the staff of the Ridgewood blog
Demarest NJ, Students from the Academy of the Holy Angels volunteered their time to help the Community FoodBank of New Jersey present this spring’s Global Youth Service Day and Teen Hunger Forum. Teens from across New Jersey, including several Angels, attended both virtual events, which included discussions of hunger in our communities and ways to help. AHA’s participation was coordinated by Campus Minister Maryanne Miloscia.
Global Youth Service Day was hosted by the CFBNJ Teen Advisory Committee. Presenters for this online event included AHA students Alina Keshishian of Englewood Cliffs, Katherine “Amanda” Donohue of Hoboken, and Antonia Mysliwiec of Cliffside Park.
Schools were permitted to have up to 20 students log into this virtual event. Attendees learned facts about food insecurity, joined in community service conversations, and watched and discussed educational videos.
“Thank you for registering for CFBNJ’s celebration of Global Youth Service Day. We are excited for you all to join us at this teen-hosted event,” CFBNJ Schools & Community Outreach Manager Diana Levy told this year’s participants. “The CFBNJ Teen Advisory Committee, a group of 10 middle and high school students, has put together an awesome day for you all to learn more about food insecurity and how to get involved in your communities.”
AHA students who attended this workshop included Emily Kim and Natalie Yoo of Englewood Cliffs, Grace Costanza of Clifton, Jacqueline LaMastra of Tenafly, Alexis Mysliewiec of Cliffside Park, Isabel Stein of Rutherford, Chryssoula Hartofilis of New Milford, Jordan Kotch of Cornwall (NY), Madeleine Outlaw of Cresskill, Nicole Sinde of Englewood, Kathleen Stewart of Harrington Park, Ashley Terjanian of River Vale, and Isabella Troche of Prospect Park.
“What I liked most about the day was that there were many topics covered throughout the session,” one AHA participant said of Global Youth Service Day. “I enjoyed being able to learn about and discuss various topics related to hunger and food insecurity. I also enjoyed the smaller group discussions that allowed for more personalized interactions. I also liked that the presentations were run by students.
“I was very surprised to hear some of the statistics mentioned during the day. I had not seen the number of people facing food insecurity laid out in the way it was during the presentation, and I found it very shocking to see how many people are affected by this issue. I knew that many people were impacted, but I did not expect to see the number be so high.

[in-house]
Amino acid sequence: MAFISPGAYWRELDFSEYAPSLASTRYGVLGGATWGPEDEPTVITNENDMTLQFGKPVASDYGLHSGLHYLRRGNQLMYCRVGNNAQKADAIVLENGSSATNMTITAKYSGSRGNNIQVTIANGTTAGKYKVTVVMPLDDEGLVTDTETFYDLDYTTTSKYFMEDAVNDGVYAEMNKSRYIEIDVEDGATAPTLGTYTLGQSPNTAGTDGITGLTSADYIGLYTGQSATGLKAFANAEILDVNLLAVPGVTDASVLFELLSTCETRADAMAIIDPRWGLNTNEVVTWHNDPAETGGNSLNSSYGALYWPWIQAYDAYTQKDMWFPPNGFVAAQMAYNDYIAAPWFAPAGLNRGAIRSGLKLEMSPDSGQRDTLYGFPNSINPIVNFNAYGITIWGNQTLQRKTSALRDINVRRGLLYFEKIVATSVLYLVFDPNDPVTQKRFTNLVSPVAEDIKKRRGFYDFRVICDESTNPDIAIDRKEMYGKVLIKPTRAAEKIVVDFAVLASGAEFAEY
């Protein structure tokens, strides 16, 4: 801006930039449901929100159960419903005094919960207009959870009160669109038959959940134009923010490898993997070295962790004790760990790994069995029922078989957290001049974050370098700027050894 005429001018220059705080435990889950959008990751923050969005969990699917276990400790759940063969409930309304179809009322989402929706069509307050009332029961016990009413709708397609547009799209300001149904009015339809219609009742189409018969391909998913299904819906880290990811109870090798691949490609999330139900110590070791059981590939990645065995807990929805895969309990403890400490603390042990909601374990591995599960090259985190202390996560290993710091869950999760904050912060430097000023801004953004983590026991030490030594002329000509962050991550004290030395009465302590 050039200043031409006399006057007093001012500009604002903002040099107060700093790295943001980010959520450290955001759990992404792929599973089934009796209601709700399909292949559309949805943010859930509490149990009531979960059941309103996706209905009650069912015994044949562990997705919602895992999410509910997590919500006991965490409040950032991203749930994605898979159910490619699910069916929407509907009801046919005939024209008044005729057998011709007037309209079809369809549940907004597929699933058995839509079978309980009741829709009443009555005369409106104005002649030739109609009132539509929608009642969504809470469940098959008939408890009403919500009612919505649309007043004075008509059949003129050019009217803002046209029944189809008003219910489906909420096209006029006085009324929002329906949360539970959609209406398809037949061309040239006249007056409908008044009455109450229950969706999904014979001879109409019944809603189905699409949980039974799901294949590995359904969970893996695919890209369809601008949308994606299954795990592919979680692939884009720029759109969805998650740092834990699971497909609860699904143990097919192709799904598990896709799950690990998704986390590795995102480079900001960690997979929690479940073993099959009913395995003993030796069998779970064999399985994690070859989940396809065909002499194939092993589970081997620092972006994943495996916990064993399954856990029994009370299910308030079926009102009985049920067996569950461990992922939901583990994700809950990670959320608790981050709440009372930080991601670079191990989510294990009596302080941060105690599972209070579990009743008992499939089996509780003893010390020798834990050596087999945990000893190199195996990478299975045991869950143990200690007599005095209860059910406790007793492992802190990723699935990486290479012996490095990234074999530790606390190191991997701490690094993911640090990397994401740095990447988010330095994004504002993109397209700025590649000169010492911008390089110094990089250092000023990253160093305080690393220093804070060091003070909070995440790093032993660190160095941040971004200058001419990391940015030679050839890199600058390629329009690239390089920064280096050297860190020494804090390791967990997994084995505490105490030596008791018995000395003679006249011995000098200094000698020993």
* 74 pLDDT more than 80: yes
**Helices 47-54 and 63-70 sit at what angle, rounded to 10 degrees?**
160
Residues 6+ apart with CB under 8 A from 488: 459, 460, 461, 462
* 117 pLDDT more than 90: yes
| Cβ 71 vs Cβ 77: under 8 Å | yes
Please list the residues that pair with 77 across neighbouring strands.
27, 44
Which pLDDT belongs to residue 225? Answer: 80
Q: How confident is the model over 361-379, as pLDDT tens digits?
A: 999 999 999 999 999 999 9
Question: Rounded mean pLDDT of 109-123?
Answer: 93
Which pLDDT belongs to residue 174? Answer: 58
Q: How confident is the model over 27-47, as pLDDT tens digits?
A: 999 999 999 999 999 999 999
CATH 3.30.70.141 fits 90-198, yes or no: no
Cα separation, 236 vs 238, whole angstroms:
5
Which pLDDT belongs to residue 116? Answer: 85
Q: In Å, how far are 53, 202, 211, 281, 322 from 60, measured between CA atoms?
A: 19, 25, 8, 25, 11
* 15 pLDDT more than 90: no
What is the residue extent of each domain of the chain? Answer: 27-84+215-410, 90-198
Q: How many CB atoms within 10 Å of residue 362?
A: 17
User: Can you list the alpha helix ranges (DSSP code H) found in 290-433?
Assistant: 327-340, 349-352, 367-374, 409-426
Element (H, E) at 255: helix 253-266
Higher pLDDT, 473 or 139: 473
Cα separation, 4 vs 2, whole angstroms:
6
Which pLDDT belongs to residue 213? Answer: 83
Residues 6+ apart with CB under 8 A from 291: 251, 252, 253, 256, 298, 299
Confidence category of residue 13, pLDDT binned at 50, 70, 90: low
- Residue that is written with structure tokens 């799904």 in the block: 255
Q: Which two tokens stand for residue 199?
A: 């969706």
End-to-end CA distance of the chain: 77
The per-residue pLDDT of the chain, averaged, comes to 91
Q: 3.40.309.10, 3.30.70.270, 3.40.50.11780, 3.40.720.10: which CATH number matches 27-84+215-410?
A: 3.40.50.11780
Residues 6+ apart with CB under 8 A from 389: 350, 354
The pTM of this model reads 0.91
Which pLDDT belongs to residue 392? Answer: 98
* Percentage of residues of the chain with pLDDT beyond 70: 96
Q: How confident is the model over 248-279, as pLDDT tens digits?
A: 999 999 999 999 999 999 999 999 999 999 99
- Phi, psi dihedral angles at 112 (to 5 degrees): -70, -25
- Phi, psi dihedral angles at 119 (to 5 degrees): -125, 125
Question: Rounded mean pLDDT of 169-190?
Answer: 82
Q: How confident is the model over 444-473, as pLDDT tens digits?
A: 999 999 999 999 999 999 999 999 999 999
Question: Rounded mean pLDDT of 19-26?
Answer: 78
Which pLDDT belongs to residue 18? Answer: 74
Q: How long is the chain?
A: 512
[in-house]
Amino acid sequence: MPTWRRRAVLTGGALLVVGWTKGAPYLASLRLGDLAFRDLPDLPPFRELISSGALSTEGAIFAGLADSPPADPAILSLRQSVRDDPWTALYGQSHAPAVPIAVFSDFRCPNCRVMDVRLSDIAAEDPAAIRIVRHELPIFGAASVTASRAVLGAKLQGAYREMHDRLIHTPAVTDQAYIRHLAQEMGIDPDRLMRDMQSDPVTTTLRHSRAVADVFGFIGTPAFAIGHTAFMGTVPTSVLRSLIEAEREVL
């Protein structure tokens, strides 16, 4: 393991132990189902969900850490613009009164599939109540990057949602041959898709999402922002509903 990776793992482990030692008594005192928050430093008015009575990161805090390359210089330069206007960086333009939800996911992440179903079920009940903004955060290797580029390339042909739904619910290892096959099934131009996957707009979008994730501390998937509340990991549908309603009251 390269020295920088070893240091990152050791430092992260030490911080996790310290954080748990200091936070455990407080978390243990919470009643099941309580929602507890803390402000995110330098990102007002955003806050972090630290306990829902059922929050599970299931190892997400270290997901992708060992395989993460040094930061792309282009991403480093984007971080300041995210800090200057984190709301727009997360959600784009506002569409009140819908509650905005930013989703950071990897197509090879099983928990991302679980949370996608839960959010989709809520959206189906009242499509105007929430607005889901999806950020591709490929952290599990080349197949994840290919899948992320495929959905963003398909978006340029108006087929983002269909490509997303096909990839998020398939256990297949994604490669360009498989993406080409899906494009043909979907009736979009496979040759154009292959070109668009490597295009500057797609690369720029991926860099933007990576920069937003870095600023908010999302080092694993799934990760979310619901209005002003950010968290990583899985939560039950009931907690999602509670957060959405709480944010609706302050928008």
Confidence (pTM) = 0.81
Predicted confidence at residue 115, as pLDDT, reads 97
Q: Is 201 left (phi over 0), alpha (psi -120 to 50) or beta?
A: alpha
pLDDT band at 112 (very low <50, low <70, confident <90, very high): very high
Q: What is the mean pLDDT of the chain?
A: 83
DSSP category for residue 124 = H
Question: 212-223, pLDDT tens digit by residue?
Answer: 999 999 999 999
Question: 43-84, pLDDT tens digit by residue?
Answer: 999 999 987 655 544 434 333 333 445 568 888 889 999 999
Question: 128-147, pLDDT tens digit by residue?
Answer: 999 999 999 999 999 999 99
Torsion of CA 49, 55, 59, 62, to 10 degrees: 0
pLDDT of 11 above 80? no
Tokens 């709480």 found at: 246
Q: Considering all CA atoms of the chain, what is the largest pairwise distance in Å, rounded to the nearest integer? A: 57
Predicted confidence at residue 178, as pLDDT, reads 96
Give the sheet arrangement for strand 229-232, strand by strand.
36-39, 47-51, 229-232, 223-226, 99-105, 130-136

“During the day, I heard about more opportunities to volunteer and work with the food bank as well as other food insecurity related organizations. I enjoyed hearing about these opportunities and I will be pursuing some of those opportunities in the future.”
The Teen Hunger Forum was hosted by the CFBNJ Teen Leadership Council, including AHA student Jamie Sung of Norwood. This event included a CFBNJ presentation, food insecurity facts, a child food insecurity presentation, a discussion of COVID-19’s impact on hunger, and a talk about community service.
Each school was permitted to have up to 15 students participate in this program. AHA’s representatives included Sydney Chung and Madeleine Outlaw of Cresskill, Juliet Gelineau and Chryssoula Hartofilis of New Milford, Nikki Theodorakos of Englewood Cliffs, Alexandra Valdez of Oakland, Haeun “Grace” Lee of Closter, Isabel Conyngham of Glen Rock, Jordan Kotch of Cornwall (NY), Nicole Sinde of Englewood, Ashley Terjanian of River Vale, and Isabella Troche of Prospect Park.
An Angel who participated in the Teen Hunger Forum said she enjoyed learning how to help others, and expressed interest in lending a hand. This student is already involved with several service projects, and has volunteered at CFBNJ.
“I learned how others may not be as fortunate, and I learned ways in which I can take part in the action with Teen Hunger,” the student commented. She added that she was surprised by the amount of food CFBNJ brings to the community.
Founded by the School Sisters of Notre Dame in 1879, the Academy of the Holy Angels is the oldest private girls’ school in Bergen County. While AHA is steeped in Catholic tradition, this prestigious high school serves young women from a broad spectrum of cultural and religious backgrounds. The Academy’s current leaders continue to further the SSND mission to provide each student with the tools she needs to reach the fullness of her potential.
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